It is so pervasive that we’ve shifted our habits around it, either avoiding social media during the peak hours of major releases and critical season finales, or muting keywords to preserve our own experience with the material.
But is it really possible to have an individual and personal experience with the material when you’re hit with everyone else’s experiences before you’ve even started yours? Every hot take, every shit take, and every single heartfelt reaction is amplified on the global stage that social media offers—time zones and scheduling conflicts be damned. Spoiler alert: Dumbledore dies at the end of the sixth movie.
Stressed out yet? You’re not alone; All of this social media noise… All it does is fuel the anxiety and FOMO that drives us to want to see/read/watch/hear everything as soon as possible when it’s released to the public. Who has the time to take their time?
Erosion of the mainstream
Thanks to the saturation of streaming platforms and constant noise from social media, there really isn’t much of a “mainstream” to speak of anymore. Back before anyone could produce their own content and throw it online for the whole world to enjoy, it took a lot of time, money and very specific skills to produce the movies, TV shows, books, music and radio programming that we consumed.
Those limitations restricted the rate at which our culture could produce and consume content, and it narrowed our focus to a smaller, more curated selection of media within the mainstream.
Now let’s be honest: This system was inherently problematic. White men were the gatekeepers of pop culture, dictating what we saw on screen or on paper, and the content we consumed was almost exclusively viewed through their lens. There’s no way around it; that model is unfair, unjust, and just plain gross.
We certainly don’t want to go back to that, but the simple fact remains that in the past, before the internet shook everything up, there was simply less content to keep up with (and certainly fewer Kardashians).
The great democratization of content creation has spawned content to fit nearly every viewpoint, every niche, and every age group. Want to watch romantic comedies about horny old people? Go for it. Looking for Christian emo music? You’re in luck.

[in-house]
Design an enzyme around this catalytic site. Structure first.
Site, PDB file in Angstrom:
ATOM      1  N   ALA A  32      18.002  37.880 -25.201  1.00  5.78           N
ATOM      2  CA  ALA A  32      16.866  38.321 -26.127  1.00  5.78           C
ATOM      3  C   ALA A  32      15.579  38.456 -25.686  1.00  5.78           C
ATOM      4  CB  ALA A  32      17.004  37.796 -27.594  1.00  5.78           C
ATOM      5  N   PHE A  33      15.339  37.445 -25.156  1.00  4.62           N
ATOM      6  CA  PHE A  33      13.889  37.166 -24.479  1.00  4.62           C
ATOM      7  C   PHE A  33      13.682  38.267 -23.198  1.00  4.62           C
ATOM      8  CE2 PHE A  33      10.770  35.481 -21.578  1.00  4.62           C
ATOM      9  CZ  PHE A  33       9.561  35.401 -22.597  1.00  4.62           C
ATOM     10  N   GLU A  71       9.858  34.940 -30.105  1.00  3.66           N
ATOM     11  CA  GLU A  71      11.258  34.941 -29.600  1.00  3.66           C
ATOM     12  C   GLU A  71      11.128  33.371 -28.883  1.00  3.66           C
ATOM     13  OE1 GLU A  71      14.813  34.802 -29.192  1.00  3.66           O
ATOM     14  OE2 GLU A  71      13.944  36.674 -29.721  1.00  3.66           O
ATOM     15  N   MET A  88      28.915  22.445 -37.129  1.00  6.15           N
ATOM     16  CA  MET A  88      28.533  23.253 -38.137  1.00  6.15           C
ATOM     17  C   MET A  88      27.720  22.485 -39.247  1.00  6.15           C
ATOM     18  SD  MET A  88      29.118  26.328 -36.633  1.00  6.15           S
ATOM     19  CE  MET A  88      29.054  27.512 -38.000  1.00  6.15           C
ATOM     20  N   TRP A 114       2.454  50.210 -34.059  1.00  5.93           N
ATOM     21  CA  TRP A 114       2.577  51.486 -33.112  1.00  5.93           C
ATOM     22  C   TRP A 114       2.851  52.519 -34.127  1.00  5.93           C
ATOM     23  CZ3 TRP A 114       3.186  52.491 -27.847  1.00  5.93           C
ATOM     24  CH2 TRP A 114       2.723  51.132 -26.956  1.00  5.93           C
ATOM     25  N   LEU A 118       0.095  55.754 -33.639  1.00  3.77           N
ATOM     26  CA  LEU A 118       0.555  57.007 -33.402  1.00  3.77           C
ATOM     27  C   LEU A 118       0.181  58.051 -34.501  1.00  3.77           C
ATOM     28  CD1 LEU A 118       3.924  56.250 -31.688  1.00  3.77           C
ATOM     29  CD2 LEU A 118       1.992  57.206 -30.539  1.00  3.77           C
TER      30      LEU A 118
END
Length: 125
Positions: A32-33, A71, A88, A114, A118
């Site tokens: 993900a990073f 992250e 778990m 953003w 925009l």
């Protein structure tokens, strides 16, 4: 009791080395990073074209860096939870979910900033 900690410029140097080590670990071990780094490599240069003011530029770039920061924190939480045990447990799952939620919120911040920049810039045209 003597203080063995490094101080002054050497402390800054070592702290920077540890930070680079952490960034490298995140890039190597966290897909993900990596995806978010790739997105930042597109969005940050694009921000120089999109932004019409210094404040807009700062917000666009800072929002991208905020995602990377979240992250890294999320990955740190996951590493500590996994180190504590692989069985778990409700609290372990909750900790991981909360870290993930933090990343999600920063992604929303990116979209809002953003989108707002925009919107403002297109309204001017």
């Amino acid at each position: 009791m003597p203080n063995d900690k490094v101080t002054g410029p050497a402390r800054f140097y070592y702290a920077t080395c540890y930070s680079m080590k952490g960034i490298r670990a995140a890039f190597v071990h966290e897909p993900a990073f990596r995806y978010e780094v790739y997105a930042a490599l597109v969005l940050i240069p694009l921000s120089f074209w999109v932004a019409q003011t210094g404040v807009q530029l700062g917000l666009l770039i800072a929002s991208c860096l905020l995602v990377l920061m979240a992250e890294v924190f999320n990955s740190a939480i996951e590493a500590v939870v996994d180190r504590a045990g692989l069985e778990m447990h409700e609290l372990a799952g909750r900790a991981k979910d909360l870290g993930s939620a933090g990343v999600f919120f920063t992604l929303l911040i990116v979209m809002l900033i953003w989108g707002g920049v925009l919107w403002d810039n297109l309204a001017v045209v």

There’s a niche for everything, and these niches have become their own kind of mainstream for the people who find solace within them. There’s a rich and empowering sense of community that comes from these niches, to be sure. But can there really be a concept of a widespread and collective “mainstream” when there’s so much content to fit every purpose imaginable? Or is the idea of a mainstream obsolete now?
Even Lil Nas X, with his meteoric rise to fame and record-breaking stint at the top of the Billboard charts feels like a bizarre fever dream at this point. Sure, he made it to the top, but did he make an impact and crack through to the “mainstream”? Do the millions of people who streamed his hit even remember his name? This feels different than the one-hit-wonders of days gone by; “Old Town Road” spent a longer stretch of time at the top of the Billboard charts than any other song in history, but Lil Nas X hasn’t yet managed to convert that flash in the pan into lasting stardom. The thing is… He doesn’t even really need to. The nature of streaming, and the ever-changing way in which Billboard calculates its charts, simply requires that enough people stream his one song enough times for it to rocket to the top. It doesn’t even take a majority of the country’s population to latch on; just one fervent and frenzied fanbase.
The notion of a mainstream in the realm of pop culture and entertainment requires some kind of shared experience, one that is common among the majority of people, like a Super Bowl broadcast watched by 114 million people. Those experiences are few and far between these days.
Sure, the tragedies and pains of 2020 have been a shared experience for all of us, but COVID-19 doesn’t really count as mainstream. With no collective cultural conscious to speak of, aside from a general agreement that “Tiger King” was… something we watched… how does one even define “mainstream” in 2020?
Where do we go from here?
Well, here’s the bad news: There’s no stopping this train. We will inevitably continue to be inundated and overwhelmed with entertainment choices. It may not be in our best interests, but it’s certainly in the best interests of the powers-that-be, who count on us signing up, signing in, and tuning in so that we don’t miss whatever must-see piece of content they produce next.